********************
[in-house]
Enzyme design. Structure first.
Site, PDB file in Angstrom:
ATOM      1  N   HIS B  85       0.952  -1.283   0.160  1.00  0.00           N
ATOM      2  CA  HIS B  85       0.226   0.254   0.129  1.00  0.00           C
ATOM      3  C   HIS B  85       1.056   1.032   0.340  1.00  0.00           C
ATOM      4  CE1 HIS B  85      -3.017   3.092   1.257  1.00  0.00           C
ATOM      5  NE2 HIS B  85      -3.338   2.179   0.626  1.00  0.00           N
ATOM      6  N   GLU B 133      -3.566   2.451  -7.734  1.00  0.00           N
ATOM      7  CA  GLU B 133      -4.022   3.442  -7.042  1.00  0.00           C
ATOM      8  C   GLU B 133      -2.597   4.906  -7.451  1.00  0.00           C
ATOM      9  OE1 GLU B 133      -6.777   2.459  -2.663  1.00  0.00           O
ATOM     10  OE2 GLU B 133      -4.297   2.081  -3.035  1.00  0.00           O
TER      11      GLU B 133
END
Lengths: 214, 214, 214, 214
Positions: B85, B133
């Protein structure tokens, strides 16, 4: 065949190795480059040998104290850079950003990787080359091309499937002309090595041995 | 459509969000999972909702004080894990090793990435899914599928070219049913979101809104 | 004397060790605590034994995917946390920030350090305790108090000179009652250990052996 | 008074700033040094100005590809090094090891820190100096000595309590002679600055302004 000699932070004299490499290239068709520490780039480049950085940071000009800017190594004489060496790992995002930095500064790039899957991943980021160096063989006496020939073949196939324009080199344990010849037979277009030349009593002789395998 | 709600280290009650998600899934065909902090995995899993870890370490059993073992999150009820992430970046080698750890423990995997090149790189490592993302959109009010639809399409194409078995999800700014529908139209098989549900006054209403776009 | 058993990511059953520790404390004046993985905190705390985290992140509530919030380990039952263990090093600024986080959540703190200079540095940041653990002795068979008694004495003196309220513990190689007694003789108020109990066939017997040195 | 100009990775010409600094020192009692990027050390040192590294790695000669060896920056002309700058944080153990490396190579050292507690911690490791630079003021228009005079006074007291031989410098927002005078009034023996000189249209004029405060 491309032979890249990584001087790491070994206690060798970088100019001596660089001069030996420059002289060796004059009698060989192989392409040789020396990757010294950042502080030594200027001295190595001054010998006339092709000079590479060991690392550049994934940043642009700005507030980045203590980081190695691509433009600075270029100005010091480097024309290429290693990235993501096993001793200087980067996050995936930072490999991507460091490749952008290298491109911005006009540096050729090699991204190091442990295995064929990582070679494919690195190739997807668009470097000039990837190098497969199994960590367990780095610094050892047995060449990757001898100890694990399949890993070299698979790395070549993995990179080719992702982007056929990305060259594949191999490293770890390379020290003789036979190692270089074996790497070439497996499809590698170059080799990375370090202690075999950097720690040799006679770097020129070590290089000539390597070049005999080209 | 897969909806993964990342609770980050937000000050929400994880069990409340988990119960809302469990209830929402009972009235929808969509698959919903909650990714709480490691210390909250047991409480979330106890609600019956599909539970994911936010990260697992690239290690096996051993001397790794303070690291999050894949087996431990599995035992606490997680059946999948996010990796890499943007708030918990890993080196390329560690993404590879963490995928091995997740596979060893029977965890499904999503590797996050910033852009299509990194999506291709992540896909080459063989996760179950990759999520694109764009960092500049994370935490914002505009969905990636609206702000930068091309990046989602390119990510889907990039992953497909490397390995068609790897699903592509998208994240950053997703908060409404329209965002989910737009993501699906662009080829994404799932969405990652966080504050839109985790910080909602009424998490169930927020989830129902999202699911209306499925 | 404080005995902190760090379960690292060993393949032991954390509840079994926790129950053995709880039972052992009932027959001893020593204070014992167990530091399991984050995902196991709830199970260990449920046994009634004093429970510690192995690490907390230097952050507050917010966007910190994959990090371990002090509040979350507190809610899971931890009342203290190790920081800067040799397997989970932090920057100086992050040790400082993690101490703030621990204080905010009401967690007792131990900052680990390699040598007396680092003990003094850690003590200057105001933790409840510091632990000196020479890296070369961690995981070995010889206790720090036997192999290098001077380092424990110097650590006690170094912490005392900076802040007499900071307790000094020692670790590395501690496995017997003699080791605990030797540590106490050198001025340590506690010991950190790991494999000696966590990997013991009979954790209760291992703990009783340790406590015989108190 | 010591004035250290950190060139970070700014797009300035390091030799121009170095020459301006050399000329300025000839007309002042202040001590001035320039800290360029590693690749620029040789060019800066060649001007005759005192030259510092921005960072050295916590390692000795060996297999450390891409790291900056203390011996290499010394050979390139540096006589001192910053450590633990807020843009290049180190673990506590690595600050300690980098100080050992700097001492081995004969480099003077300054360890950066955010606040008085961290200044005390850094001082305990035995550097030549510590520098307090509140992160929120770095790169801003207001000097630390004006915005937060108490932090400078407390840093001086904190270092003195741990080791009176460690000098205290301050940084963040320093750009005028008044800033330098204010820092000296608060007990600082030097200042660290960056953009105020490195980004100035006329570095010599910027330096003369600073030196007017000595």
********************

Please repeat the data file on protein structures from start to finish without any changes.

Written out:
[in-house]
Enzyme design. Structure first.
Site, PDB file in Angstrom:
ATOM      1  N   HIS B  85       0.952  -1.283   0.160  1.00  0.00           N
ATOM      2  CA  HIS B  85       0.226   0.254   0.129  1.00  0.00           C
ATOM      3  C   HIS B  85       1.056   1.032   0.340  1.00  0.00           C
ATOM      4  CE1 HIS B  85      -3.017   3.092   1.257  1.00  0.00           C
ATOM      5  NE2 HIS B  85      -3.338   2.179   0.626  1.00  0.00           N
ATOM      6  N   GLU B 133      -3.566   2.451  -7.734  1.00  0.00           N
ATOM      7  CA  GLU B 133      -4.022   3.442  -7.042  1.00  0.00           C
ATOM      8  C   GLU B 133      -2.597   4.906  -7.451  1.00  0.00           C
ATOM      9  OE1 GLU B 133      -6.777   2.459  -2.663  1.00  0.00           O
ATOM     10  OE2 GLU B 133      -4.297   2.081  -3.035  1.00  0.00           O
TER      11      GLU B 133
END
Lengths: 214, 214, 214, 214
Positions: B85, B133
């Protein structure tokens, strides 16, 4: 065949190795480059040998104290850079950003990787080359091309499937002309090595041995 | 459509969000999972909702004080894990090793990435899914599928070219049913979101809104 | 004397060790605590034994995917946390920030350090305790108090000179009652250990052996 | 008074700033040094100005590809090094090891820190100096000595309590002679600055302004 000699932070004299490499290239068709520490780039480049950085940071000009800017190594004489060496790992995002930095500064790039899957991943980021160096063989006496020939073949196939324009080199344990010849037979277009030349009593002789395998 | 709600280290009650998600899934065909902090995995899993870890370490059993073992999150009820992430970046080698750890423990995997090149790189490592993302959109009010639809399409194409078995999800700014529908139209098989549900006054209403776009 | 058993990511059953520790404390004046993985905190705390985290992140509530919030380990039952263990090093600024986080959540703190200079540095940041653990002795068979008694004495003196309220513990190689007694003789108020109990066939017997040195 | 100009990775010409600094020192009692990027050390040192590294790695000669060896920056002309700058944080153990490396190579050292507690911690490791630079003021228009005079006074007291031989410098927002005078009034023996000189249209004029405060 491309032979890249990584001087790491070994206690060798970088100019001596660089001069030996420059002289060796004059009698060989192989392409040789020396990757010294950042502080030594200027001295190595001054010998006339092709000079590479060991690392550049994934940043642009700005507030980045203590980081190695691509433009600075270029100005010091480097024309290429290693990235993501096993001793200087980067996050995936930072490999991507460091490749952008290298491109911005006009540096050729090699991204190091442990295995064929990582070679494919690195190739997807668009470097000039990837190098497969199994960590367990780095610094050892047995060449990757001898100890694990399949890993070299698979790395070549993995990179080719992702982007056929990305060259594949191999490293770890390379020290003789036979190692270089074996790497070439497996499809590698170059080799990375370090202690075999950097720690040799006679770097020129070590290089000539390597070049005999080209 | 897969909806993964990342609770980050937000000050929400994880069990409340988990119960809302469990209830929402009972009235929808969509698959919903909650990714709480490691210390909250047991409480979330106890609600019956599909539970994911936010990260697992690239290690096996051993001397790794303070690291999050894949087996431990599995035992606490997680059946999948996010990796890499943007708030918990890993080196390329560690993404590879963490995928091995997740596979060893029977965890499904999503590797996050910033852009299509990194999506291709992540896909080459063989996760179950990759999520694109764009960092500049994370935490914002505009969905990636609206702000930068091309990046989602390119990510889907990039992953497909490397390995068609790897699903592509998208994240950053997703908060409404329209965002989910737009993501699906662009080829994404799932969405990652966080504050839109985790910080909602009424998490169930927020989830129902999202699911209306499925 | 404080005995902190760090379960690292060993393949032991954390509840079994926790129950053995709880039972052992009932027959001893020593204070014992167990530091399991984050995902196991709830199970260990449920046994009634004093429970510690192995690490907390230097952050507050917010966007910190994959990090371990002090509040979350507190809610899971931890009342203290190790920081800067040799397997989970932090920057100086992050040790400082993690101490703030621990204080905010009401967690007792131990900052680990390699040598007396680092003990003094850690003590200057105001933790409840510091632990000196020479890296070369961690995981070995010889206790720090036997192999290098001077380092424990110097650590006690170094912490005392900076802040007499900071307790000094020692670790590395501690496995017997003699080791605990030797540590106490050198001025340590506690010991950190790991494999000696966590990997013991009979954790209760291992703990009783340790406590015989108190 | 010591004035250290950190060139970070700014797009300035390091030799121009170095020459301006050399000329300025000839007309002042202040001590001035320039800290360029590693690749620029040789060019800066060649001007005759005192030259510092921005960072050295916590390692000795060996297999450390891409790291900056203390011996290499010394050979390139540096006589001192910053450590633990807020843009290049180190673990506590690595600050300690980098100080050992700097001492081995004969480099003077300054360890950066955010606040008085961290200044005390850094001082305990035995550097030549510590520098307090509140992160929120770095790169801003207001000097630390004006915005937060108490932090400078407390840093001086904190270092003195741990080791009176460690000098205290301050940084963040320093750009005028008044800033330098204010820092000296608060007990600082030097200042660290960056953009105020490195980004100035006329570095010599910027330096003369600073030196007017000595």